All-New Citroen C3, comfortably connected

In Car Reviews, Citroen by Tom Scanlan

Some car companies are not too arrogant to ask their (existing?) customers what they would want from their new car.

 
Tom Scanlan was at the launch of the French firm’s all-new B-segment super-mini, driving the All-New Citroen C3 Flair.
 
Citroen’s potential C3 super-mini drivers said they wanted to feel safe, protected and comfortable; personalisation — for their car to look unique; and for them to be connected. “Pas de problème, mon vieux!” responded Citroen (probably). And so we have the charming All-New C3.

Looks smart enough, I must say, with its scarlet roof over a white body and scarlet accents on the wing mirrors and front end and rear ends…well, that was the first one that I happened to see. There are also those ‘air bumps’ as Citroen call their unique plastic side protectors, and which are optional at no cost on the C3. In fact, there are 36 colour combinations available.

Citroen has always tried to put comfort high on its agenda, but they now suggest to us that it is not just the ride and sofa-style seats that they are talking about. No, it means the acoustics; the interior storage space; a light and airy cabin…They call it ‘Citroen Advanced Comfort’ like big comfy Citroens of old with a ‘millennial’ twist.

But we are jumping the gun.

The basic facts about the new C3 are the price: it starts at £10,995. The most economical version, the diesel 75 has an official combined fuel consumption of 80.7 mpg and CO2 emissions of 92 g/km. The top model starts at £14,795. At launch, the cars were all manual’s, but an automatic will be available in February.

My main drive was in the 1560 CC diesel, claiming 76.3 mpg in the combined cycle and which returned an indicated 56.2 over my driving colleague’s and my eighty-odd miles together. The car proved to be comfortable to ride in, although rear legroom, although about an inch more than in the outgoing C3, is still restricted, as is access into and out of the back.

It was pleasant to drive, easy and quite lively with its zero-to-sixty-two mph figure of 10.6 seconds. Of course, under hard acceleration, some diesel noise is obvious, but the car is quiet enough to be perfectly acceptable on long journeys. Given the pricing over the range, it was something of a surprise to find that this car’s price on the road was £18,555. But it should be reasonably economical to run, especially with its 95 g/km emissions requiring no annual road tax or city parking charges.

The petrol engine tried more briefly, one of the three differently-powered 1.2 litre, 3-cylinder units, was also enjoyable to drive, with an equally pleasingly slick gear change, good braking and precise and nicely-weighted handling.

They were a reminder that, in these ways, there really is no car currently manufactured that has anything but the slightest thing to complain about. There was nothing I could moan about in the C3. I would have liked grab-handles…funny how I miss them when they aren’t there.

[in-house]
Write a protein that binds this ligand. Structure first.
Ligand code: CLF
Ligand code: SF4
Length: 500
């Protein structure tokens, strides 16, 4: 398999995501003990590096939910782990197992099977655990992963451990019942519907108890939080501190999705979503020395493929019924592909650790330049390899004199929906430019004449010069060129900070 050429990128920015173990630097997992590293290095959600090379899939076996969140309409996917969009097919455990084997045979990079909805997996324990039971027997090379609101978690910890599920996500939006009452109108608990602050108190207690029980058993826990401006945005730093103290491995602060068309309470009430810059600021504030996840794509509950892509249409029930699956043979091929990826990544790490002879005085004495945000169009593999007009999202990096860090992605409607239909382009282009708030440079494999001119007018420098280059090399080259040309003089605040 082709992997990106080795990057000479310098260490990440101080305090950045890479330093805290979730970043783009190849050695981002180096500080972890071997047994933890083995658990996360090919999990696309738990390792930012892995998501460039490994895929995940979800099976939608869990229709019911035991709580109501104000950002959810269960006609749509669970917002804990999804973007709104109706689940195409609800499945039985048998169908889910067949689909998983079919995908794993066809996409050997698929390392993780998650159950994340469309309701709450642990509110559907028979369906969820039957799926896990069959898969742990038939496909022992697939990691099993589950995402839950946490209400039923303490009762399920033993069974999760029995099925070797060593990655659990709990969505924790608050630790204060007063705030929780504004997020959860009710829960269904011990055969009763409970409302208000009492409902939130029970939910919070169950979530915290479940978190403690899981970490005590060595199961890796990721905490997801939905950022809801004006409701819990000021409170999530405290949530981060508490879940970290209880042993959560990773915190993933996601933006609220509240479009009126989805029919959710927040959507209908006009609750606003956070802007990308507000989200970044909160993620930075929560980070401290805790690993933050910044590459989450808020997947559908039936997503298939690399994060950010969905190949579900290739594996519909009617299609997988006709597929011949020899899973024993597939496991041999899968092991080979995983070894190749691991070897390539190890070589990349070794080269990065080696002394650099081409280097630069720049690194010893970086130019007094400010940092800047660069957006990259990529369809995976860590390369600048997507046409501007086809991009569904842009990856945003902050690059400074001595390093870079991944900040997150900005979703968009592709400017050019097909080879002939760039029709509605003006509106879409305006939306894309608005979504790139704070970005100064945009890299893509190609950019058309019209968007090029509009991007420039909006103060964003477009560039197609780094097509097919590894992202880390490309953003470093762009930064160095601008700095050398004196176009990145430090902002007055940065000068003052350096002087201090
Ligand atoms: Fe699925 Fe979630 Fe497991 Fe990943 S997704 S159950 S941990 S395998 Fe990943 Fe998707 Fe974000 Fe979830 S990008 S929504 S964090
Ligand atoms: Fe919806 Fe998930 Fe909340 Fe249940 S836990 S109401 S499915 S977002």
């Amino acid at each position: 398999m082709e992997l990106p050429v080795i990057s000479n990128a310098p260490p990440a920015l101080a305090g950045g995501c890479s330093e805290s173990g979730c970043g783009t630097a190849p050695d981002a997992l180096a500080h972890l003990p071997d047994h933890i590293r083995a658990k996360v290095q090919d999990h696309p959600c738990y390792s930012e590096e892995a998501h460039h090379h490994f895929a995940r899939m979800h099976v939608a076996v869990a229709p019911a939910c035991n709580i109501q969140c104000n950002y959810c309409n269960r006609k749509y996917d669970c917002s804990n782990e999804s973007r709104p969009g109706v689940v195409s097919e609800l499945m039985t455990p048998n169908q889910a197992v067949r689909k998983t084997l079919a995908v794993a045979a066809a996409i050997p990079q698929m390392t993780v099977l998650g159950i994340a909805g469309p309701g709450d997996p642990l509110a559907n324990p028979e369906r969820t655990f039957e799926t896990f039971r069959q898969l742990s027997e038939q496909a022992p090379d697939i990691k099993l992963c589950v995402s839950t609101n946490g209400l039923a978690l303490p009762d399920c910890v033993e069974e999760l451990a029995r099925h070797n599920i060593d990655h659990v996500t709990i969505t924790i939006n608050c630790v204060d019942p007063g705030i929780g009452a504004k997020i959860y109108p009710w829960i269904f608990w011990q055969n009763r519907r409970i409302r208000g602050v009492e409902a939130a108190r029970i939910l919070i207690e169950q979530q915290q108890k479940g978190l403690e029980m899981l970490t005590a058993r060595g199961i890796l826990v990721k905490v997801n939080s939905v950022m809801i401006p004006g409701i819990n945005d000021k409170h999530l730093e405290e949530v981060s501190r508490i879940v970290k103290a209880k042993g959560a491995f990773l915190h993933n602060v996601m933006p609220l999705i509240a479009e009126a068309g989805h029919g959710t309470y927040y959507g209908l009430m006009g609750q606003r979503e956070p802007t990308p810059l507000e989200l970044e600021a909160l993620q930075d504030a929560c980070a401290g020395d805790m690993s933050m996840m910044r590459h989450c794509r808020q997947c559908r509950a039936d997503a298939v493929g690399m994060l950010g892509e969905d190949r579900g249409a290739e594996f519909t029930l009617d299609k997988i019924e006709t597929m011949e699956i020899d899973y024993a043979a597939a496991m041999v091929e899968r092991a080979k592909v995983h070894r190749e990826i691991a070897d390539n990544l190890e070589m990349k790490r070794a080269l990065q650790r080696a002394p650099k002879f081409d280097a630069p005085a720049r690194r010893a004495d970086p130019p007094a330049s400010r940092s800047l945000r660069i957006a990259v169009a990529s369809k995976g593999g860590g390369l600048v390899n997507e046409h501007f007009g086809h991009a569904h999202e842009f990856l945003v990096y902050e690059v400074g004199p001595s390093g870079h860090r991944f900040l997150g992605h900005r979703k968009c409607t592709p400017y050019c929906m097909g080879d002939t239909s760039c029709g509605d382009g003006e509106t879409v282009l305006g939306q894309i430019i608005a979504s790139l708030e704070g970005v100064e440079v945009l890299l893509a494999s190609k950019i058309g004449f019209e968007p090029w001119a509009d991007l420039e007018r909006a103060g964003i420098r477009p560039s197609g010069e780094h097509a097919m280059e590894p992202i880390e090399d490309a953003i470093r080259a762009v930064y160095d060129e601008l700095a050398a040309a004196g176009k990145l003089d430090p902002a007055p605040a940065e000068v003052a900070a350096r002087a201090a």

In fact, Citroen is proud of the details in this car; for example, they point out that the interior of the storage pockets are in a light colour, so that you can easily spot that dark little thing you put in there earlier. They did not tell us how easily you might spot a light-coloured object you put in there earlier.

A world first for Citroen and the cleverest bit of all is the ‘connected camera’. A built-in dash cam system that imitates the human eye and mounted behind the rear view mirror. The cam can record video or still images and sent to the outside world using the ‘Connected Cam’ App on your smartphone. Within seconds clips can be on social networks, sent automatically, or be sent manually when you are not driving.

It’s unique feature is that, in the case of an accident, it will also have digitally recorded thirty seconds so the lead-up to the incident can be seen: “compelling evidence, m’Lud, if I might suggest?” This is an excellent bit of technology and top marks to Citroen getting it up and running in their attractive new C3.

Citroen’s All-New C3 makes for a charming, fun addition to the supermini segment, great value, loaded with tech. It will find many fans.



Car reviewed: All-New Citroen C3 Flair S&S BlueHDi 100 manual – On the road £17,095, price as tested £18,555 0-62mph 10.6 secs Top speed 115mph Fuel Economy combined 76.3mpg CO2 emissions 95g/km Engine 1560cc In-line 4 cylinder transverse, Turbo diesel Max Power [email protected] Torque 2[email protected] Transmission 5-speed manual


  • Connector.

    Great fun looking supermini

  • Connector.

    Excellent tech

  • Connector.

    Economy and Emissions

  • Connector.

    None to think of

About the author
Tom Scanlan

Tom Scanlan

'Tom Scanlan has written for a wide variety of magazines and newspapers, particularly the Reading Evening Post for ten years, having got into motoring journalism in 1973 via the somewhat unlikely back door of the British Forces Broadcasting Service. BFBS produced a weekly radio motoring show for the services overseas and Tom produced it, as well as interviewing experts and eventually reporting on cars.

He is into classic cars and has owned Porsche, Ferrari, pre-war Alvis and Rileys and currently owns his fifth old Alfa Romeo, a 1984 GTV 2.0.
In his spare time, Tom is a professional cricket coach.'

 

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Summary
Review Date
Reviewed Item
All-New Citroen C3 Supermini
Author Rating
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